Wednesday, June 27, 2012

More Book Talk

Yesterday was a busy day with two real estate renewal classes so I did not blog
as I said I would. I was a realtor for 25 years and although I do not actively sell
real estate at the present time, I do keep my license current, which means
accumulating 24 renewal hours every two years.

So those of you who love to read--did you find a book or two on Monday's list
that you might like to read? Here are my favorites--Sarah's  Key, Cutting for
Stone, Half Broke Horses, The Help, and One Thousand White Women. But  I 
was surprised that one of my all-time favorite books was not on the list, and that is:


People of the Book by Geraldine Brooks

In 1996, Hanna Heath, an Australian rare-book expert, is offered the job 
of a lifetime: analysis and conservation of the famed Sarajevo Haggadah, 
which has been rescued from Serb shelling during the Bosnian war. Priceless 
and beautiful, the book is one of the earliest Jewish volumes ever to 
be illuminated with images. 
When Hanna, a caustic loner with a passion for her work, discovers a series of 
tiny artifacts in its ancient binding—
an insect wing fragment, wine stains, salt crystals, a white hair—
she begins to unlock the book’s mysteries. The reader is ushered into an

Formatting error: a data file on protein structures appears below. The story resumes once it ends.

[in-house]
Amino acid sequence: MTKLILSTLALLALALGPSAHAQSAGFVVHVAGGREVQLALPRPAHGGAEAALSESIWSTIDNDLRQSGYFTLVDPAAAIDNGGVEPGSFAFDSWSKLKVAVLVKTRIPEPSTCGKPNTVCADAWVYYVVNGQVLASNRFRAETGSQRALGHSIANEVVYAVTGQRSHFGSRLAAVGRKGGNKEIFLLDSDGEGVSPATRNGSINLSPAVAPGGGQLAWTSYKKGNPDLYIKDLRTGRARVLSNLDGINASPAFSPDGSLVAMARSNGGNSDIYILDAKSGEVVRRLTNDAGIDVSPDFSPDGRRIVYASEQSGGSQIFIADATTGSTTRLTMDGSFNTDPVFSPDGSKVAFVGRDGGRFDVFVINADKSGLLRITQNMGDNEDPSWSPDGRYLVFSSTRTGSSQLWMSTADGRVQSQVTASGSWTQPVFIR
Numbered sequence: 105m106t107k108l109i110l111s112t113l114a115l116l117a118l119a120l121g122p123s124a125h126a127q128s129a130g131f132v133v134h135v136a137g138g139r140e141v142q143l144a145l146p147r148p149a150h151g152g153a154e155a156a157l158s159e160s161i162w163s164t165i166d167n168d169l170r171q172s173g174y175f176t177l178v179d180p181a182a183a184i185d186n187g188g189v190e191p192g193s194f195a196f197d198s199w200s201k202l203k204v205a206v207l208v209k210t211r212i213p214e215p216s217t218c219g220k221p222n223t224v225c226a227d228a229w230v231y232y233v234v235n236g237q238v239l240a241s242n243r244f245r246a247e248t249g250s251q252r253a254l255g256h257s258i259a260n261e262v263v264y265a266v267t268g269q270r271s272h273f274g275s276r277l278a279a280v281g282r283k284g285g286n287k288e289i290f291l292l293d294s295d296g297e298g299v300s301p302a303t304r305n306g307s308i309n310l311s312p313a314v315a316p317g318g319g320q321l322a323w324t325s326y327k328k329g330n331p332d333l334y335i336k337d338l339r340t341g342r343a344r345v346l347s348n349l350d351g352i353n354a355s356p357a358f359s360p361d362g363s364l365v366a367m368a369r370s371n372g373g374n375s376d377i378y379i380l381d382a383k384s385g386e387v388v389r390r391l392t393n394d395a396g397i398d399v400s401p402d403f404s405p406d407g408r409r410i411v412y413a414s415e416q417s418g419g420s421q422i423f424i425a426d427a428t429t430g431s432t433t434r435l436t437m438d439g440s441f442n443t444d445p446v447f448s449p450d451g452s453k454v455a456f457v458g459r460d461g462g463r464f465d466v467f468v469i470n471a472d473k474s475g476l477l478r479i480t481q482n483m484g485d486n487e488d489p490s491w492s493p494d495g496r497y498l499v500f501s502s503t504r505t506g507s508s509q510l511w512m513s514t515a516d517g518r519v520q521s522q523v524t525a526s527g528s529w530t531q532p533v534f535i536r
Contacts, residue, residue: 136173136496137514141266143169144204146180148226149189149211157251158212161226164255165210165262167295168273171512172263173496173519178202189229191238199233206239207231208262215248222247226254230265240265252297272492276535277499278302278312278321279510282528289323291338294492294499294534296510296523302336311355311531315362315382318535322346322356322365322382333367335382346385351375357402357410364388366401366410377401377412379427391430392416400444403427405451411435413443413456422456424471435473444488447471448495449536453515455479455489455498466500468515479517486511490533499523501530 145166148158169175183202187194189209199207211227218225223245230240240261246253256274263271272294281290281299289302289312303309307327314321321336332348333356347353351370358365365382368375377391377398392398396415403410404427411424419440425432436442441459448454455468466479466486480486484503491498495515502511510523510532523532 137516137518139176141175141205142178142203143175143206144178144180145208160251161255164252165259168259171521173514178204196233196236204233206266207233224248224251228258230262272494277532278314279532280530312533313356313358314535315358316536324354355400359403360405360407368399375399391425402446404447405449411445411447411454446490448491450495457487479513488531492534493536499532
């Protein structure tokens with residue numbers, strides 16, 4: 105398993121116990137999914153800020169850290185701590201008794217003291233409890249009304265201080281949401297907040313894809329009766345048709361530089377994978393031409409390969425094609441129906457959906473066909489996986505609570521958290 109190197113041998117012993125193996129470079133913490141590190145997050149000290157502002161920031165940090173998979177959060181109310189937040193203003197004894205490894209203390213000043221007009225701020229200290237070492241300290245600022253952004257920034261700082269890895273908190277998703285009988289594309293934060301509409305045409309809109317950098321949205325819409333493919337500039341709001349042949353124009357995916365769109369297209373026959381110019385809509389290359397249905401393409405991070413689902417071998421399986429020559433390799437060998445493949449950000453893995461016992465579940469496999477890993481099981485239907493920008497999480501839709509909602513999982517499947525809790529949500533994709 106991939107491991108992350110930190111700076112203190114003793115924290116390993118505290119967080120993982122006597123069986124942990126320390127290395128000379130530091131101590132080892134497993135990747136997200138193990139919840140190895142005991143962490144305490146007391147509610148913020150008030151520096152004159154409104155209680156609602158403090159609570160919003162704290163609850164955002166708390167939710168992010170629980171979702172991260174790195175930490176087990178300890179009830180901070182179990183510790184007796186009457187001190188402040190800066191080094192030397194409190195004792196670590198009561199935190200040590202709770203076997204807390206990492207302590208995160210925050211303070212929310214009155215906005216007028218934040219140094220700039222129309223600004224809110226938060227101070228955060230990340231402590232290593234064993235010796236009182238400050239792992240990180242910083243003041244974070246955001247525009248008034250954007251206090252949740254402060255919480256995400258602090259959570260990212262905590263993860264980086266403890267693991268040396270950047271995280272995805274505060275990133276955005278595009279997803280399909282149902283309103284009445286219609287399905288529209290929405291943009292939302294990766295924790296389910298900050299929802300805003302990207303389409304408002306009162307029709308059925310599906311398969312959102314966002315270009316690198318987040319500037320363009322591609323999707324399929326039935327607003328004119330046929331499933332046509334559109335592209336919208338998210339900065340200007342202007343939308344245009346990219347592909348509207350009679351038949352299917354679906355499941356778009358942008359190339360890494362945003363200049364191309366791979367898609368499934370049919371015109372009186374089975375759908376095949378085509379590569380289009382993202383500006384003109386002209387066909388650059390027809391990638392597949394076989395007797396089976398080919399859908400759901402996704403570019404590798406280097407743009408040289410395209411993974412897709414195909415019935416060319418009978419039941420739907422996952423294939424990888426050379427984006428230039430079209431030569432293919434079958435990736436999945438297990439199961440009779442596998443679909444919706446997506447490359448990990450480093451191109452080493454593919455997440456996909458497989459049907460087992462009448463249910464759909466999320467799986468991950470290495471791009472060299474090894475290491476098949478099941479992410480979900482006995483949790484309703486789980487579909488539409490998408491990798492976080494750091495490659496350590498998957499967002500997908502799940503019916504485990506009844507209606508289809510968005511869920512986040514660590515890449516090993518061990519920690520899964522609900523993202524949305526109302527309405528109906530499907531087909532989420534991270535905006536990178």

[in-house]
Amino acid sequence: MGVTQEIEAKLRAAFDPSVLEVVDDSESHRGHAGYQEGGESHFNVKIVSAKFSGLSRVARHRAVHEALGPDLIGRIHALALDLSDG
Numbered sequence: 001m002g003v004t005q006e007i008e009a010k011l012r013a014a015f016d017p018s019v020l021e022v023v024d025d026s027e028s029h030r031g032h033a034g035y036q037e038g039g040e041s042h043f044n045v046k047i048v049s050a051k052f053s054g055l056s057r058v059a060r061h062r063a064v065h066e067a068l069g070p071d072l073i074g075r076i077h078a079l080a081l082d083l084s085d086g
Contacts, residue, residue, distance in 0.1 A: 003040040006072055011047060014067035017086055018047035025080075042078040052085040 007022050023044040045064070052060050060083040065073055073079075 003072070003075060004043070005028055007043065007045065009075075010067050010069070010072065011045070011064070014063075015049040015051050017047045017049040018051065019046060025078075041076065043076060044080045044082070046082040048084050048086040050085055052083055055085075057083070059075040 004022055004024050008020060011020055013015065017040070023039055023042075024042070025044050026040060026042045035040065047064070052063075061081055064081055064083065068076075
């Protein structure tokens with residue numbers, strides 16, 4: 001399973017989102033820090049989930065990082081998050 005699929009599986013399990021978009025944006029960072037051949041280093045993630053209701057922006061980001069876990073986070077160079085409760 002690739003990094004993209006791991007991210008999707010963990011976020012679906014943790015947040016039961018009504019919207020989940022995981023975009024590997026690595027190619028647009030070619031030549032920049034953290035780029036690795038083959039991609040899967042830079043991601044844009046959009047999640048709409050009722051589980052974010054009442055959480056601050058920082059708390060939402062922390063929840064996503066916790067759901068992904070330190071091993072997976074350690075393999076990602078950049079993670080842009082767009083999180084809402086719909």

exquisitely detailed and atmospheric past,
 tracing the book’s journey from its salvation back to its creation. 


For Monday's Book Club, I lead the discussion for:


 Midwives by Chris Bohjailian

The time is 1981, and Sibyl Danforth has been a dedicated midwife 
in the  rural Vermont, for fifteen years. But one treacherous 
winter night, in a house isolated by icy roads and failed 
telephone lines, Sibyl takes desperate measures to save a baby's life. She 
performs an emergency Caesarean section on its mother, who appears to have 
died in labor. But what if--as Sibyl's assistant later charges--the patient wasn't
 already dead, and it was Sibyl who inadvertently killed her?

You can only imagine what happens next! The book is written in the voice of 
Sibyl's adult daughter, who was fourteen at the time. Most interesting is that the 
author is a man. Whether you like the book or not, you have to agree he
does an excellent job writing from a female perspective.

The book takes some interesting twists and turns!
I enjoyed it.

Happy reading!

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